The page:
Last Updated: Friday - 09/24/2010
Week of December 19, 2005
Light the candle of Christ's hope
This Christmas, honour the child, all children and planet Earth with a candle
By SUZANNE ELSTON
Christmas is the one day of the year when we openly and unashamedly believe in miracles. We embrace the idea that a fat little man in a red suit will soar around the world in a matter of a few hours, delivering toys to all the good little boys and girls.
There is magic in every snowflake and in every twinkling light on every Christmas tree across the land. Christmas is when we open our homes and our hearts to the family of man. Spirits are lightened and within our hearts there is peace.
All these wonderful things come to pass because 2,000 years ago an infant, born into poverty to a people and a country in bondage, brought the promise of hope to the world. That's the miracle of the Christmas story.
When you look at the Christmas story logically, it's preposterous to think that such a child could reach out through the millennia and touch us still. But this story is no more preposterous than the idea that a tiny planet, revolving around a small, insignificant star in a remote corner of the galaxy would nurture almost five million different species and become a brilliant jewel of light and life.
We are the body of Christ - the manifestation of hope. We are living proof that against all odds, light will bring life to the void. That's why we celebrate his birthday at the passing of the winter solstice - the darkest time of the year.
It is a metaphor for our own lonely sojourn through space and time. As the hemisphere begins the slow journey back toward the light, we witness the resurrection of life and of hope. That's why we decorate trees and cover our homes with lights on the darkest night of the year.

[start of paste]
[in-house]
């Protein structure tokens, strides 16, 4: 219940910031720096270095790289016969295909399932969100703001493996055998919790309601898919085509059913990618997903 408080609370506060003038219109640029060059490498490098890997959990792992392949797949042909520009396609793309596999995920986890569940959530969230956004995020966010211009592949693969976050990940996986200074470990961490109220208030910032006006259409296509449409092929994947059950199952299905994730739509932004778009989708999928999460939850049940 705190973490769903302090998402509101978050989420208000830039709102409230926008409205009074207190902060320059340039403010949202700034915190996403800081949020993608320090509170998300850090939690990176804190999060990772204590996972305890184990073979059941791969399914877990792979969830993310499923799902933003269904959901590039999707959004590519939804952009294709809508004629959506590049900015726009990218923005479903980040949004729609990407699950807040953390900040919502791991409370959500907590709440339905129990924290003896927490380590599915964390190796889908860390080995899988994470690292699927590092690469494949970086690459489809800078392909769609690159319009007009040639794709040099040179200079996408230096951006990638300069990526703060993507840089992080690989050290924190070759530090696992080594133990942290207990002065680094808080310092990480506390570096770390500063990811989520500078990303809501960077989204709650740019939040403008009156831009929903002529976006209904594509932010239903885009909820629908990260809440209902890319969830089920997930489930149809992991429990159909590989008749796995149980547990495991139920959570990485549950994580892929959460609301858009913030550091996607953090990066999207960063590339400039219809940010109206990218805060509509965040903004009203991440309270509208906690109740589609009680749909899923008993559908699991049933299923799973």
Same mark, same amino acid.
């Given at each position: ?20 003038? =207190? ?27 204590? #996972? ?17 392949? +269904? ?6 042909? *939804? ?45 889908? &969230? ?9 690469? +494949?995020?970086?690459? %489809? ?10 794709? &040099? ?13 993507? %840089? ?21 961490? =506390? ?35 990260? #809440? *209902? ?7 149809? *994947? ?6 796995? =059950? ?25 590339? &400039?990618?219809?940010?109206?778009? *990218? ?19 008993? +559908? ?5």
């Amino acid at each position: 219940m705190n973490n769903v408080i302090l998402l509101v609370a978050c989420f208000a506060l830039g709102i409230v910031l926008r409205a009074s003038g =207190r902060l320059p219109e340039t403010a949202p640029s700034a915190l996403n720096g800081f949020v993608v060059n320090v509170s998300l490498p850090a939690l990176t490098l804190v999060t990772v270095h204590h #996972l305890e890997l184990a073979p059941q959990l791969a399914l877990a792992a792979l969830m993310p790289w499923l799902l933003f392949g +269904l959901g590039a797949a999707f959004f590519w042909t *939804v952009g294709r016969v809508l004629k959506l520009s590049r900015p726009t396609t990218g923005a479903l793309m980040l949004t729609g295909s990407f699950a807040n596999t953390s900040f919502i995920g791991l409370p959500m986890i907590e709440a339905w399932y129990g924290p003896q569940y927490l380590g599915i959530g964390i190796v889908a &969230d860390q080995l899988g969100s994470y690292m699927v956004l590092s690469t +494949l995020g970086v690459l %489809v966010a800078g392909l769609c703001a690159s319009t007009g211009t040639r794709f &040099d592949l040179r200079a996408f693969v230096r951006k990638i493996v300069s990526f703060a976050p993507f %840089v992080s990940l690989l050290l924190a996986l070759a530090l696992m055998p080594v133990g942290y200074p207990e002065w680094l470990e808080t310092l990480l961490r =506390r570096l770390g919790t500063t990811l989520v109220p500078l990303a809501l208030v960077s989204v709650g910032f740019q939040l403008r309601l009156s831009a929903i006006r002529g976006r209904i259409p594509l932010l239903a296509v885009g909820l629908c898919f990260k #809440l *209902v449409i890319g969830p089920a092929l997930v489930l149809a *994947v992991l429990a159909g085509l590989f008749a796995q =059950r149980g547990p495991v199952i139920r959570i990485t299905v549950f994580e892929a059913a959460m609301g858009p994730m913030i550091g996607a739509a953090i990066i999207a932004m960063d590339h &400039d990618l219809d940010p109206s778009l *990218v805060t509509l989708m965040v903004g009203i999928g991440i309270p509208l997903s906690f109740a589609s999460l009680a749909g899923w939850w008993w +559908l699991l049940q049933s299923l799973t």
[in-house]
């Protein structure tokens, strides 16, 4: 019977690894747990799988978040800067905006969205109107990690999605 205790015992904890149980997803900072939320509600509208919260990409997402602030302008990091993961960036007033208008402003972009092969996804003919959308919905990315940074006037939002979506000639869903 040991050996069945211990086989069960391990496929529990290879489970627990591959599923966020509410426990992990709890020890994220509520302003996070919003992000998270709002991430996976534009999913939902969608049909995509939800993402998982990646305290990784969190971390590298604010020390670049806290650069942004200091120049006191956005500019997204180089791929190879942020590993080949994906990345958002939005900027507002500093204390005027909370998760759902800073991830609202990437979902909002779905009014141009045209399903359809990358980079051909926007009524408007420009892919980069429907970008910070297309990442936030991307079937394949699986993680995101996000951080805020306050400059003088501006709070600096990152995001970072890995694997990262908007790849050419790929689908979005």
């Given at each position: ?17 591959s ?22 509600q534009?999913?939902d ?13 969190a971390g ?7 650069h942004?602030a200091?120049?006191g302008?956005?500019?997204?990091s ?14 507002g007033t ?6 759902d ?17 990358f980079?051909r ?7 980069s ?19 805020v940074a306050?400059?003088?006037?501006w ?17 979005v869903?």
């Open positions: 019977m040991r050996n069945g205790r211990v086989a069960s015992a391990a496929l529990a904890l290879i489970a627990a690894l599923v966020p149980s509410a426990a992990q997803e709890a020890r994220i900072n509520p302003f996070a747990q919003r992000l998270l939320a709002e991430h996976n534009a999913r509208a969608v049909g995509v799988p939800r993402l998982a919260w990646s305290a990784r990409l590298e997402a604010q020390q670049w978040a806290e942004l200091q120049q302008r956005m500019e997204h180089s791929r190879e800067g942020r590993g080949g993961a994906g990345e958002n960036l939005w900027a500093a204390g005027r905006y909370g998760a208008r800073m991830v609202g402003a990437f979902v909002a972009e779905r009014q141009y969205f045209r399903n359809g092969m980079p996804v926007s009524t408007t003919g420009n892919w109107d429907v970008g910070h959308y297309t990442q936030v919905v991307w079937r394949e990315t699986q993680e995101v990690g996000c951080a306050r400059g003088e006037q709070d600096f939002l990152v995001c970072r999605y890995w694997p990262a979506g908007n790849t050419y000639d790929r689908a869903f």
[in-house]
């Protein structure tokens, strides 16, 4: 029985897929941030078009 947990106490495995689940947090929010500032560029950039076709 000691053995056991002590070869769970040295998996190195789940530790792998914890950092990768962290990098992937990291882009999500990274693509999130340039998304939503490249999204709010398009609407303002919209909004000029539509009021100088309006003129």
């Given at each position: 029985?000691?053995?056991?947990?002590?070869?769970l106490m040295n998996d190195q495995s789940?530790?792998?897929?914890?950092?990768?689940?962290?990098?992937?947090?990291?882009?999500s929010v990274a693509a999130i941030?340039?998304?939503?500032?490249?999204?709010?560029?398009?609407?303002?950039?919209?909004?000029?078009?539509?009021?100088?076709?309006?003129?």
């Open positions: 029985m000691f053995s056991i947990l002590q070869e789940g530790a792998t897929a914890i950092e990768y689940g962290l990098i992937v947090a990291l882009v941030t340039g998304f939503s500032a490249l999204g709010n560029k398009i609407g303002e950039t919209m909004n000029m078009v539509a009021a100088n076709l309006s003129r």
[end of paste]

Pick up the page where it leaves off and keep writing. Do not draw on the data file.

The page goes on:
We are not alone. Other religions also celebrate at this time of year. Hanukkah candles mark another miracle of light - when one tiny candle lasted through eight nights of despair.
Again, hope in the darkness.
Many years ago a dear friend and mentor told me that I was a candle in the wind. He worried that my belief in all things impossible left me vulnerable to disappointment.
I flippantly replied, "But I have plenty of matches."
It wasn't until much later that I understood the wisdom of my own immature response. A single candle - a small flame of hope - is more meaningful to us than the most brilliant sunrise. That's why we light candles for the dead. It is the embodiment of our belief that life endures.
And that is also why the birth of a tiny child can bring such hope to the world. For every child born is a candle in the wind, bringing the promise of resurrection to us all.
Miracle of hope
And so this Christmas I will light a candle of hope for people lost in the darkness. I will light a candle of hope that a child - any child - born into poverty and despair can take his flickering light and change the world. And I will light a candle of hope for a tiny jewel of a planet, spinning all alone in the endless ebony of space.
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